Nov. 9 (Bloomberg) -- Iceland’s parliament would support the central bank if it chooses to block composition agreements to ease pressure on the krona, said Helgi Hjorvar, chairman of the legislature’s economy and tax committee.
“Parliament will do anything and everything to assist the central bank’s objective to maintain financial stability in the country,’’ he said yesterday in a telephone interview. If that includes blocking the banks’ composition agreements, “parliament will support the central bank,’’ he said.
Iceland imposed currency restrictions in 2008 following the failure of Kaupthing Bank hf, Glitnir Bank hf and Landsbanki Islands hf, which triggered an 80 percent plunge in the krona against the euro offshore. Arion Bank hf, the state-created successor to Kaupthing, has estimated the controls are stopping as much as $8 billion in offshore krona assets from being sold.
Morgunbladid reported yesterday, without citing where it got the information, that the central bank opposes composition agreements, which could lead the winding-up committees of the failed lenders to undergo bankruptcy proceedings. Finance Minister Katrin Juliusdottir said last month that debt settlements with creditors of Iceland’s failed banks will increase an overhang of offshore krona assets and stoke volatility in the currency.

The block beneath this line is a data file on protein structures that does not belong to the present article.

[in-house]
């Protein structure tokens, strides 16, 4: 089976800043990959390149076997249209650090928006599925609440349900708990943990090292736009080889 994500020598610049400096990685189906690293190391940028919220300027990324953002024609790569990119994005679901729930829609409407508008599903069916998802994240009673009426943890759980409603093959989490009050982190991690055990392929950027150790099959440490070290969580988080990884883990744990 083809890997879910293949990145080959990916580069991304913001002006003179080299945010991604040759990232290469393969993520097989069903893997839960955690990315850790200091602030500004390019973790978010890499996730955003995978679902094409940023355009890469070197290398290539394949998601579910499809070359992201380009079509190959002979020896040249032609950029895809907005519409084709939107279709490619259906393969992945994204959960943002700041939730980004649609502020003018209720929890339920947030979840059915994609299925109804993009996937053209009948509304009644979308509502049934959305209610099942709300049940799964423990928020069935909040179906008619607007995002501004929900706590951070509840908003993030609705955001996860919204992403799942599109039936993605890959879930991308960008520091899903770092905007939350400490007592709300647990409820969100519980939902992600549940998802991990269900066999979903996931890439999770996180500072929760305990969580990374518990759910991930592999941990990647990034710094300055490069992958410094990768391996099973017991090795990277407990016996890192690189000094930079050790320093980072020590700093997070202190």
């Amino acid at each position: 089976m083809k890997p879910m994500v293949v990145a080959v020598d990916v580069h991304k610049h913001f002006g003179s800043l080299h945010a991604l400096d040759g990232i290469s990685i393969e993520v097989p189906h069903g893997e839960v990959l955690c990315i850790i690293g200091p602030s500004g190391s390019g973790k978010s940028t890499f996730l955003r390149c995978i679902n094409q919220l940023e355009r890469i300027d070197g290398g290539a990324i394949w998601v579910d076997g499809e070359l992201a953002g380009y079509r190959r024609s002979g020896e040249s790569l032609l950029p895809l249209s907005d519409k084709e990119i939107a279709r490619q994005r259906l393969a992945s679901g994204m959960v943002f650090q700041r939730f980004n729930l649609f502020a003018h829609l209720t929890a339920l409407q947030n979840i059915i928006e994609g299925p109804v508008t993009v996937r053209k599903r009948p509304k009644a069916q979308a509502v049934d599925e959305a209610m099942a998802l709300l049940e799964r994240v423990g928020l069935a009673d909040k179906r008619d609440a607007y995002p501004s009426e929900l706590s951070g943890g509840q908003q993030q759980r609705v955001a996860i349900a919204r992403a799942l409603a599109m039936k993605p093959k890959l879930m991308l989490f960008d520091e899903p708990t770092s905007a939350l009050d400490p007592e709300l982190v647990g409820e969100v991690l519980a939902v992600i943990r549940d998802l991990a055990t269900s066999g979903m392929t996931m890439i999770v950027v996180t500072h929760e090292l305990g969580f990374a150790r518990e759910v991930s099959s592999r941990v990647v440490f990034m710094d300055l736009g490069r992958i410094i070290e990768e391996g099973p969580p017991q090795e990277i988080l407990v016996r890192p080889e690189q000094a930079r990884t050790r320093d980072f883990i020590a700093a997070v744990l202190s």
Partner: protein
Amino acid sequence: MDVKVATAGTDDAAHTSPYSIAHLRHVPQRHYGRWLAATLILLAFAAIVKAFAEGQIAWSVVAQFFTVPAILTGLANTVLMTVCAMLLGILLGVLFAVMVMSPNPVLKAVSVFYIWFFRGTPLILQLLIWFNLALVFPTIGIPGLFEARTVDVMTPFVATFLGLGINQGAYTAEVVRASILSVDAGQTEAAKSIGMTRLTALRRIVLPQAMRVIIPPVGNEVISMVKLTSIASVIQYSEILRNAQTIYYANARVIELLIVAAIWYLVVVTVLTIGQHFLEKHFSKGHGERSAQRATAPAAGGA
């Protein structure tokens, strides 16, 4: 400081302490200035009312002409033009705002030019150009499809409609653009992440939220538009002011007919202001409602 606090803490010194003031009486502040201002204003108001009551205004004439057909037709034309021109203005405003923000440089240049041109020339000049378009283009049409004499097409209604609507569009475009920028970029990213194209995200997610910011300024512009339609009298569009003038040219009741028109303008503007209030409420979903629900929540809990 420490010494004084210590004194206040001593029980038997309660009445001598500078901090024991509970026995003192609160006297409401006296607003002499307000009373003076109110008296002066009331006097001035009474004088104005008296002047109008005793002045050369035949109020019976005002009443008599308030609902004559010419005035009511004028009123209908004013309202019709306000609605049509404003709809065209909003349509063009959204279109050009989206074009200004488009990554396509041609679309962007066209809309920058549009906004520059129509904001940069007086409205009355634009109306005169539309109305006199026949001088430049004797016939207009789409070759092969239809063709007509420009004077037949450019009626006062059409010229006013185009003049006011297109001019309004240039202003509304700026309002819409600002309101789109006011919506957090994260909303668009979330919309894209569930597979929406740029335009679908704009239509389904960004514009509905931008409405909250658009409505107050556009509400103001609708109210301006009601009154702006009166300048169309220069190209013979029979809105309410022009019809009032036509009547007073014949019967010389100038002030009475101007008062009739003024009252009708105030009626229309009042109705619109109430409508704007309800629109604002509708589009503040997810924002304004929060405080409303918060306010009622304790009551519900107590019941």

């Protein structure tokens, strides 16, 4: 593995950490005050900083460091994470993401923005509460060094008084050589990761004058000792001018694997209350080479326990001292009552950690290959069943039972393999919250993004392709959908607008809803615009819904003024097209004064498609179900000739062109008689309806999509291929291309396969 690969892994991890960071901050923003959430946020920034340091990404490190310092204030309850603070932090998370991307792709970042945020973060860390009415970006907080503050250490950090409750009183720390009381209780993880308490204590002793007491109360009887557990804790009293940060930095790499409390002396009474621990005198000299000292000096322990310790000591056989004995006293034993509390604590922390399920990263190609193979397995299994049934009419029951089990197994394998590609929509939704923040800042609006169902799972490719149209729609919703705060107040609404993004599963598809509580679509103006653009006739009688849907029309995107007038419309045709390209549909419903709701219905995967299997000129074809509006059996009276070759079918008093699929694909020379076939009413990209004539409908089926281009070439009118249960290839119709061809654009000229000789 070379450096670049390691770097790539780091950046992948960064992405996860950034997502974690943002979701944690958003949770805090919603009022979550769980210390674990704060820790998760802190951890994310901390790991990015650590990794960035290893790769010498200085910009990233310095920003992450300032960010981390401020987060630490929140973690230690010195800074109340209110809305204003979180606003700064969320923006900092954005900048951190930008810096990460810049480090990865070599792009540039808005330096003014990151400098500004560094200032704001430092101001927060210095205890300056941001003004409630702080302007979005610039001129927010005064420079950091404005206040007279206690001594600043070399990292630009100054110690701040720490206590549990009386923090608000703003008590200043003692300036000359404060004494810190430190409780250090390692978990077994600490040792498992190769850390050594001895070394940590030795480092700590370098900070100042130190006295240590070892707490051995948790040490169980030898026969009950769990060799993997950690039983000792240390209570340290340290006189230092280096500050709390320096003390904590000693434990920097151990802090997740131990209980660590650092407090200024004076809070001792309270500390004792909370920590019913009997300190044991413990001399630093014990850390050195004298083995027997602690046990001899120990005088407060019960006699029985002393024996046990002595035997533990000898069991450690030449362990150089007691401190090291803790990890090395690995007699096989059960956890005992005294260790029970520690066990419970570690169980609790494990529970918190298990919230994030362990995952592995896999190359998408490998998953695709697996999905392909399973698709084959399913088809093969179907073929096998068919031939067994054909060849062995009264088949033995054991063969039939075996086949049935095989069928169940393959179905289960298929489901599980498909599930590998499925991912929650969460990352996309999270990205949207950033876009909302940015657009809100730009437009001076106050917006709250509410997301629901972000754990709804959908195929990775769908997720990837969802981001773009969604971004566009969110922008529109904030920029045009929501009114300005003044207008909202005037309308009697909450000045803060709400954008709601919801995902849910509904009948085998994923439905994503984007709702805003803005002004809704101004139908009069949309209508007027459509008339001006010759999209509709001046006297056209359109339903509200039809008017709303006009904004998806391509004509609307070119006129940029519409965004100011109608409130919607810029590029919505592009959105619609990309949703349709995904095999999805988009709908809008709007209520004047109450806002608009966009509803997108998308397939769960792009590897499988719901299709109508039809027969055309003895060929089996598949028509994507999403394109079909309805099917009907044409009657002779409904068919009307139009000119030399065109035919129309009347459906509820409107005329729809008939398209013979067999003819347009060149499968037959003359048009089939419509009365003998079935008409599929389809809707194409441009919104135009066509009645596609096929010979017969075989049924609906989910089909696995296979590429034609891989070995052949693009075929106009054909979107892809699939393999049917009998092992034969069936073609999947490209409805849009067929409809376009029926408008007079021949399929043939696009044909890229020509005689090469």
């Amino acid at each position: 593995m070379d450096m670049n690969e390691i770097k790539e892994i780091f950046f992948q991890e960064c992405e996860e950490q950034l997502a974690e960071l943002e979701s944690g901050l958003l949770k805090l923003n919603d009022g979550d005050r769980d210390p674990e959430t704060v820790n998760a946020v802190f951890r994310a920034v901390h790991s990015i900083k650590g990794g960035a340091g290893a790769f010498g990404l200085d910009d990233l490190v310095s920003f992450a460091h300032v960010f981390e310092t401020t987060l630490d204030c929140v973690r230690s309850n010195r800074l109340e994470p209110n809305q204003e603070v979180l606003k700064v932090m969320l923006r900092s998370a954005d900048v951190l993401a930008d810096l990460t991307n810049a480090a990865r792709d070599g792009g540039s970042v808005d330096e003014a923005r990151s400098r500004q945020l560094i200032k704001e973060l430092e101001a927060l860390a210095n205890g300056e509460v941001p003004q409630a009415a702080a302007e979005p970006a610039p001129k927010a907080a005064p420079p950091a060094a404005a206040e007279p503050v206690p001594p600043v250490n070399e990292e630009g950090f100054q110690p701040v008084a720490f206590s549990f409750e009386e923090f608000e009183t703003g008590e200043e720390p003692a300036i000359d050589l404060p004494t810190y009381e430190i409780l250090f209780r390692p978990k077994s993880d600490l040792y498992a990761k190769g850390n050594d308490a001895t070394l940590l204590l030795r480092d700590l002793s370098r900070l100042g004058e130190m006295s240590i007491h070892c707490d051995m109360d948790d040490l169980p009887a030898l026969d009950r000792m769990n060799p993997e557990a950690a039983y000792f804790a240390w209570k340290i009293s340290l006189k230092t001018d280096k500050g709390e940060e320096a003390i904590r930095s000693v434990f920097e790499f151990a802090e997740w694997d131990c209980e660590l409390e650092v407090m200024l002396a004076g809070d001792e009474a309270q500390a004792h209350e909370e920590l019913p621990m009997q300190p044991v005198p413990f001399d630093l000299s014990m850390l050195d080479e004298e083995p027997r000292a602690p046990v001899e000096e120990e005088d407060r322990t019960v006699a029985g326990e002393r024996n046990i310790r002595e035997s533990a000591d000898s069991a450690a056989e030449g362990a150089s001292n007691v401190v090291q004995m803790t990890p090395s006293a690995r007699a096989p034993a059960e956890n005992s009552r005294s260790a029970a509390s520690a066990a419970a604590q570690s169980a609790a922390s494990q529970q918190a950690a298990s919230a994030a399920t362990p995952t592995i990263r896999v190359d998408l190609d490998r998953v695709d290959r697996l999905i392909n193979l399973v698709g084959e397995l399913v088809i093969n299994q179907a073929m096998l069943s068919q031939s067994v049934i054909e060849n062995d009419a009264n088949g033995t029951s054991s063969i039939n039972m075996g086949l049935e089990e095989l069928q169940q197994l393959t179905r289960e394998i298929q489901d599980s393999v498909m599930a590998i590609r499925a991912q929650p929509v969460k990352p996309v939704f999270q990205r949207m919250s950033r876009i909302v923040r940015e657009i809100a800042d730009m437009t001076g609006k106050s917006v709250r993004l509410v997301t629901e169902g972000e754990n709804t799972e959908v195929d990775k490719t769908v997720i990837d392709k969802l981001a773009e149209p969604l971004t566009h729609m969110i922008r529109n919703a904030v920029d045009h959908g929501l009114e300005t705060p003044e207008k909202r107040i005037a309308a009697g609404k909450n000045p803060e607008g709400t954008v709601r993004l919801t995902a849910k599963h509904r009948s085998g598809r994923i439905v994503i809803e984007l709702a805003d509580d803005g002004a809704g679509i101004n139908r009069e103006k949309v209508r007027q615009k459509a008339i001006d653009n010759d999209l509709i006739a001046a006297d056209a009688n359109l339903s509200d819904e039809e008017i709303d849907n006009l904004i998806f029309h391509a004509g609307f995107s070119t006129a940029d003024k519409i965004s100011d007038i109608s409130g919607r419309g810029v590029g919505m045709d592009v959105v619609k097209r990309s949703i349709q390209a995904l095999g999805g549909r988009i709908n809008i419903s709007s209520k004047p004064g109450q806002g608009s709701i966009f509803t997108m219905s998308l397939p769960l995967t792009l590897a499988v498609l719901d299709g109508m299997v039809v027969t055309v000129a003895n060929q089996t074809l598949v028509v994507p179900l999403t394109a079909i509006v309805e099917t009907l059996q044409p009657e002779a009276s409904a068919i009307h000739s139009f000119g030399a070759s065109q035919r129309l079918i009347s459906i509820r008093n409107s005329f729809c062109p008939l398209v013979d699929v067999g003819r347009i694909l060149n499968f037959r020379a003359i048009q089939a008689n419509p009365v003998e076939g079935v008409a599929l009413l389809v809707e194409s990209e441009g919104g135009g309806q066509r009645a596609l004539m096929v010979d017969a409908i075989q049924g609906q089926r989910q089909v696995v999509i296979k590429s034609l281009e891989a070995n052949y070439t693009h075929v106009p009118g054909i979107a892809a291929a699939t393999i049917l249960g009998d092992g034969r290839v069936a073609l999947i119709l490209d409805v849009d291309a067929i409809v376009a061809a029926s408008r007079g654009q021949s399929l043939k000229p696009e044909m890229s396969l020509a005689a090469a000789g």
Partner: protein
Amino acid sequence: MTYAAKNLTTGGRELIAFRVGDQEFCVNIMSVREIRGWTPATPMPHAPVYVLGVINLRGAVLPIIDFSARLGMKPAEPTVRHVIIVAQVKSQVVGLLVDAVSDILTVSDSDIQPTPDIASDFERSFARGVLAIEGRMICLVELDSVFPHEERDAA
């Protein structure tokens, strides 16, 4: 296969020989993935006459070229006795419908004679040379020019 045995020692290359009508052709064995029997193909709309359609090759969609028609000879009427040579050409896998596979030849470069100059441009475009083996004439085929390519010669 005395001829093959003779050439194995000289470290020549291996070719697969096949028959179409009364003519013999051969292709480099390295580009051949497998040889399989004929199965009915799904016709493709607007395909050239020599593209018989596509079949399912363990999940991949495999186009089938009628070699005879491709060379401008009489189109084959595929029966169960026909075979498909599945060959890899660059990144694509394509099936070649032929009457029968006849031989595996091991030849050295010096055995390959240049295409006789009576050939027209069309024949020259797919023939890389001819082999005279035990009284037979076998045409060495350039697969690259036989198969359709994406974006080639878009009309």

“The only thing the Governor has said is that the central bank will take as long as it needs to review” any composition agreement “in order to ensure that they don’t threaten financial stability,” said Stefan J. Stefansson, a central bank spokesman
Steinunn Gudbjartsdottir, chairwoman of Glitnir‘s winding-up committee, said she has no “indication” that the central bank won’t approve the group’s proposed plan.
“Both Glitnir and Kaupthing have for some time now been planning to complete the winding-up proceedings with a composition agreement,” she said. “The intention was to send the banks’ creditors composition agreements before the end of the year. That’s completely dependent on the central bank approving the banks’ composition proposals.”
The 2008 banking collapse forced the north Atlantic island to seek a $4.6 billion bailout led by the International Monetary Fund. Iceland emerged from the IMF’s 33-month economic program in August last year.
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